Rs. 450-crore Indian space dream to study Mars

At the crack of dawn on Wednesday, the Mars orbiter spacecraft ceremoniously rolled out of its nest here and took the first baby step of its 400-million-km journey. But before its grand voyage, it is first headed for the Sriharikota launch centre in coastal Andhra Pradesh.

Amidst chants of prayer and loads of good wishes and in the presence of large gathering of scientists, ISRO Satellite Centre Director S.K. Shivakumar flagged off the mother of the Indian Space Research Organisation’s ventures — the Mars Orbiter Mission or MOM — at 6 a.m from the second advanced satellite integration and testing campus, ISITE, at Marathahalli.

The spacecraft, sent by road in a safe cocoon, will reach the Satish Dhawan Space Centre at Sriharikota on Thursday afternoon and undergo further tests and checks until its launch, ISRO spokesman Deviprasad Karnik told The Hindu.

‘Satisfying day’

“It has been one satisfying day for our team,” said Mars project director S.Arunan, describing the mission’s kick-off from Bangalore. “We achieved it in a short time [after the project was approved in September 2012] within a tight deadline. Today, all those sleepless months did not matter.”

MOM, carrying five ISRO instruments, is a Rs. 450-crore Indian space dream that is devised to study the atmosphere, surface and chemicals of Mars, just 372 km from the red planet’s surface.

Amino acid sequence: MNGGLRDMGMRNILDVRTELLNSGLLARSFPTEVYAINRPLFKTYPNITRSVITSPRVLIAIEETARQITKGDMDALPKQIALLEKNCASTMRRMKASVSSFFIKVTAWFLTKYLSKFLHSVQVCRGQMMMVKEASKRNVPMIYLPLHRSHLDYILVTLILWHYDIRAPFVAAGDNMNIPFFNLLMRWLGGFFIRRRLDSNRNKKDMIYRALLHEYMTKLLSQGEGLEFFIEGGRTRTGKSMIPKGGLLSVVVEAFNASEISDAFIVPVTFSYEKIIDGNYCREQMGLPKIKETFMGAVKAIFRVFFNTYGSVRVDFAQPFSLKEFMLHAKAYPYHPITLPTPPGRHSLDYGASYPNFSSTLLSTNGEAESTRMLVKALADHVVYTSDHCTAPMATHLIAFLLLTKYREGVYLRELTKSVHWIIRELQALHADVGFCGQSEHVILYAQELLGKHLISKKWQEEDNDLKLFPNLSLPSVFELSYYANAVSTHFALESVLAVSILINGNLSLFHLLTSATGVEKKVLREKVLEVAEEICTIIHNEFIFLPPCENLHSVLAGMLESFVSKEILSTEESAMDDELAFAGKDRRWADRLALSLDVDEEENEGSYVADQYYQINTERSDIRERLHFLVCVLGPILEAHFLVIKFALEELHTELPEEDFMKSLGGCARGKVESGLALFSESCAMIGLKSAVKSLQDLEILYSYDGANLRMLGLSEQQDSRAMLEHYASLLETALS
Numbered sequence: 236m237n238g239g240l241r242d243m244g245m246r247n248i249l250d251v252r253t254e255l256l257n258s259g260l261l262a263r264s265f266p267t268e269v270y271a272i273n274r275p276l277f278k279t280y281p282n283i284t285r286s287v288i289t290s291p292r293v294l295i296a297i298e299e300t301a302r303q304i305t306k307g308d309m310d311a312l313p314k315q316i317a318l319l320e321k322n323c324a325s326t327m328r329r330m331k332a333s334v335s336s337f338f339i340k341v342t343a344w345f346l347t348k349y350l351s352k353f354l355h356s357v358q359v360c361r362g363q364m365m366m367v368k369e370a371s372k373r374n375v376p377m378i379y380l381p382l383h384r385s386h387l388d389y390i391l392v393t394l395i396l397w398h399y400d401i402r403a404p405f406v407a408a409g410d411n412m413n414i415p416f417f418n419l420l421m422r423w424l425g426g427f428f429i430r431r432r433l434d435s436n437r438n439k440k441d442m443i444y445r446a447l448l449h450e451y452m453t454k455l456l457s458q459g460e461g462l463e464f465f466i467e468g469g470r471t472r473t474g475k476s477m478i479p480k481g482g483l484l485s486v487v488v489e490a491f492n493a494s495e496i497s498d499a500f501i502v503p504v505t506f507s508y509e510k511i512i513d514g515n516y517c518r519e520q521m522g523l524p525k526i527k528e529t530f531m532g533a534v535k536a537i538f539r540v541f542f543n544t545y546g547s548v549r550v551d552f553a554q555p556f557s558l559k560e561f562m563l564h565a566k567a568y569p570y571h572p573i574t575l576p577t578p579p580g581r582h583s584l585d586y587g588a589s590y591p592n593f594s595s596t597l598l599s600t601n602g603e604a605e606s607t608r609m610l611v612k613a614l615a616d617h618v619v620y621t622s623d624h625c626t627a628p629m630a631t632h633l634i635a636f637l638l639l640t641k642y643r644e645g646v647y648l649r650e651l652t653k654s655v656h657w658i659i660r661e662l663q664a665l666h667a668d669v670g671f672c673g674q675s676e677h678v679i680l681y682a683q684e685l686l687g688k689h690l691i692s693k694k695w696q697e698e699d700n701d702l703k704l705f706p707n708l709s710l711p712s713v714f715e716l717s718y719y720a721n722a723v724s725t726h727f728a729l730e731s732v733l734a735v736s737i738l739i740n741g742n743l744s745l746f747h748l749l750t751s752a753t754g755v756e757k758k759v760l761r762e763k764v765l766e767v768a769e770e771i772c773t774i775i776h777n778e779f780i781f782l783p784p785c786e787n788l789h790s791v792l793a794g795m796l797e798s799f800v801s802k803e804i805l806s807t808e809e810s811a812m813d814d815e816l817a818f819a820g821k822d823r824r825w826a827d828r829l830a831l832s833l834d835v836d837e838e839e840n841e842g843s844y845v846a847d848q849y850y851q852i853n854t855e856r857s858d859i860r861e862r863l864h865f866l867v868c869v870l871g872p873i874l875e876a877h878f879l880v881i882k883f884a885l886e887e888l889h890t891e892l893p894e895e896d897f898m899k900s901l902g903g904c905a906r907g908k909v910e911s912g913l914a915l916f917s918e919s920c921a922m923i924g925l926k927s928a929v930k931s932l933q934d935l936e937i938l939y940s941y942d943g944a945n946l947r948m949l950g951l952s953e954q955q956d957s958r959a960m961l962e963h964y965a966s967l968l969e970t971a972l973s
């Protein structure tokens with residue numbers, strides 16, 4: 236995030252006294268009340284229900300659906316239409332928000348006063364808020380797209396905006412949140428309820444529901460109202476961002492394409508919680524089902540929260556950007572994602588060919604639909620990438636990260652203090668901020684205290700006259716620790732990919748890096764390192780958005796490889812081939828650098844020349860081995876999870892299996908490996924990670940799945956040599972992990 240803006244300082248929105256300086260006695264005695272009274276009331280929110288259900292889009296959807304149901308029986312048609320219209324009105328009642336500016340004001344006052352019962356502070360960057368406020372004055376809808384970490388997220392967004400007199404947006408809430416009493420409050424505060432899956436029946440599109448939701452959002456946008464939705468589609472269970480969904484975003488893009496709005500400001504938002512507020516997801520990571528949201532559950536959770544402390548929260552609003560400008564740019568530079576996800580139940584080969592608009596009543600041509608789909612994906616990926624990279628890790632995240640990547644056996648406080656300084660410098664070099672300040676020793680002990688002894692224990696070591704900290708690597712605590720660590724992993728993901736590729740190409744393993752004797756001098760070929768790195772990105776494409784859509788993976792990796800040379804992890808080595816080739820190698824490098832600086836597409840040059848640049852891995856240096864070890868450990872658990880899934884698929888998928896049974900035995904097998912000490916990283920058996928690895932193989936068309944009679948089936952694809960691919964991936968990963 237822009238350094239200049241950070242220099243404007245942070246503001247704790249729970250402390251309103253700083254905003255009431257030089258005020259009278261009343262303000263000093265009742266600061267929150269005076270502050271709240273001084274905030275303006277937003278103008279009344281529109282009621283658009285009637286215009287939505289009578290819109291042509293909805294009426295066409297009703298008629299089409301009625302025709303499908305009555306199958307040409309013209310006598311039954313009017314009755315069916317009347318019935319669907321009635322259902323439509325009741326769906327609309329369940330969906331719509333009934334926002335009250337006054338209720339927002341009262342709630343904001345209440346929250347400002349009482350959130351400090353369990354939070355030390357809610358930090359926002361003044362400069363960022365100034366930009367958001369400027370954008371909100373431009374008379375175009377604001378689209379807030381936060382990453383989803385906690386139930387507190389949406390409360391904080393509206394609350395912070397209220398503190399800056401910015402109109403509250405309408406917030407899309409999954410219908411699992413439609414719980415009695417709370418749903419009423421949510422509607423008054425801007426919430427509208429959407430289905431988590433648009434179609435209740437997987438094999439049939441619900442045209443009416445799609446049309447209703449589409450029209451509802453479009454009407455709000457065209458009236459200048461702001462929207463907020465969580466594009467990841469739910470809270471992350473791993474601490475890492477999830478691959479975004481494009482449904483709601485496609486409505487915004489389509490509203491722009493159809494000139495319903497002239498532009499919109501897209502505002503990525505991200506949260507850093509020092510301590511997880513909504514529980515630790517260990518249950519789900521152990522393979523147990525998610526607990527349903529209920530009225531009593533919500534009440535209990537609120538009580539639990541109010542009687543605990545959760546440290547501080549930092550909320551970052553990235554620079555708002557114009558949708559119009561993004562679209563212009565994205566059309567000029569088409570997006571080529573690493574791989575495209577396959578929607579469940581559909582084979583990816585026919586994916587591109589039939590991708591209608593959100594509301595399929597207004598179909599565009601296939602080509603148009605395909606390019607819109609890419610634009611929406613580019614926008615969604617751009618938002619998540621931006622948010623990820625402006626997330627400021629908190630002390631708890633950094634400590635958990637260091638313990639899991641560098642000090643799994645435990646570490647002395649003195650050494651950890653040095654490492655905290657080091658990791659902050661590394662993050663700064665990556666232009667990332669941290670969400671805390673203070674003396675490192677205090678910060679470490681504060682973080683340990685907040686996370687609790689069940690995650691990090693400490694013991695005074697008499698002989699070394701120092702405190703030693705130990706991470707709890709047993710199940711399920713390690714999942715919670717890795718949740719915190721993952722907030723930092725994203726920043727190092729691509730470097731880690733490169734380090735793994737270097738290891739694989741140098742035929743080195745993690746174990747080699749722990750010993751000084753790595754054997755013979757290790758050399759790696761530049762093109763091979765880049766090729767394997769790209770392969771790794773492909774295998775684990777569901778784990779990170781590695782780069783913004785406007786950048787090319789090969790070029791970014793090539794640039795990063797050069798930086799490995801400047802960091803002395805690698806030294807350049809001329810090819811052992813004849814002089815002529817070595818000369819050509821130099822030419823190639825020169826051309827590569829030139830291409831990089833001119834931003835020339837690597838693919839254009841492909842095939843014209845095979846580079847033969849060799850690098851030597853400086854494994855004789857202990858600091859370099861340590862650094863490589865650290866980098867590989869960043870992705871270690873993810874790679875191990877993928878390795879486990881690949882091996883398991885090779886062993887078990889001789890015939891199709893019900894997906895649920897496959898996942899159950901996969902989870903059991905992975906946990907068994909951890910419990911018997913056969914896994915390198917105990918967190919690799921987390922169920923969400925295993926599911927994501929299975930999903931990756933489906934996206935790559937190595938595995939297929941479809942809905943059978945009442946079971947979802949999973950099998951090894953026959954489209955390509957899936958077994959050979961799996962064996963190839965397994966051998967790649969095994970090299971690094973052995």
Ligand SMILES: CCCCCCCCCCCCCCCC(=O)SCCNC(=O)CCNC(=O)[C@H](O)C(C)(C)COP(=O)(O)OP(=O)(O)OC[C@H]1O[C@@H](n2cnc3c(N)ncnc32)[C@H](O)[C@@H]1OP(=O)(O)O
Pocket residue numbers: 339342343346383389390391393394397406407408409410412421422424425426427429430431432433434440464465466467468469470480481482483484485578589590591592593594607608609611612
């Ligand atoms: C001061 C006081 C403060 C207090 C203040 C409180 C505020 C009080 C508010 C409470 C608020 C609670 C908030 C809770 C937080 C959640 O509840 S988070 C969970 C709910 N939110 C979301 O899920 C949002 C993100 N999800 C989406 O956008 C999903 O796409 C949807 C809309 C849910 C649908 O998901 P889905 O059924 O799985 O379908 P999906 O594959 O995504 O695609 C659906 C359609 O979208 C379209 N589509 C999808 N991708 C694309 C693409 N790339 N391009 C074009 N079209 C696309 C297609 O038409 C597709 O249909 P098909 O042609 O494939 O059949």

ISRO Chairman K. Radhakrishnan earlier said the scientists aimed to launch the spacecraft from Sriharikota around 4.30 p.m. on October 28. After days of complex manoeuvring, the spacecraft is slated to be slung off Earth’s orbit on November 30 and it will begin its 300-day journey to Mars. It is expected to reach the Martian zone in mid-September 2014 and orbit it for at least six months.

Mars missions become possible once in 26 months based on the positions of Earth and Mars. The National Aeronautics and Space Administration of the U.S. is also sending its MAVEN (Mars Atmosphere and Volatile Evolution) mission on November 18.

In Bangalore, the spacecraft cleared the mechanical solar panel and antenna movements and vibration and acoustic tests, Mr. Karnik said. On reaching Sriharikota, it would go through electrical and other checks. A week ahead of the launch, it would be sent away for being fitted into the launch vehicle. The launcher, PSLV-C25, is an extended XL version, currently being readied for the mission.

As the mission unfolds, Mr. Arunan’s team is bracing itself for many more sleepless nights and nail-biting moments.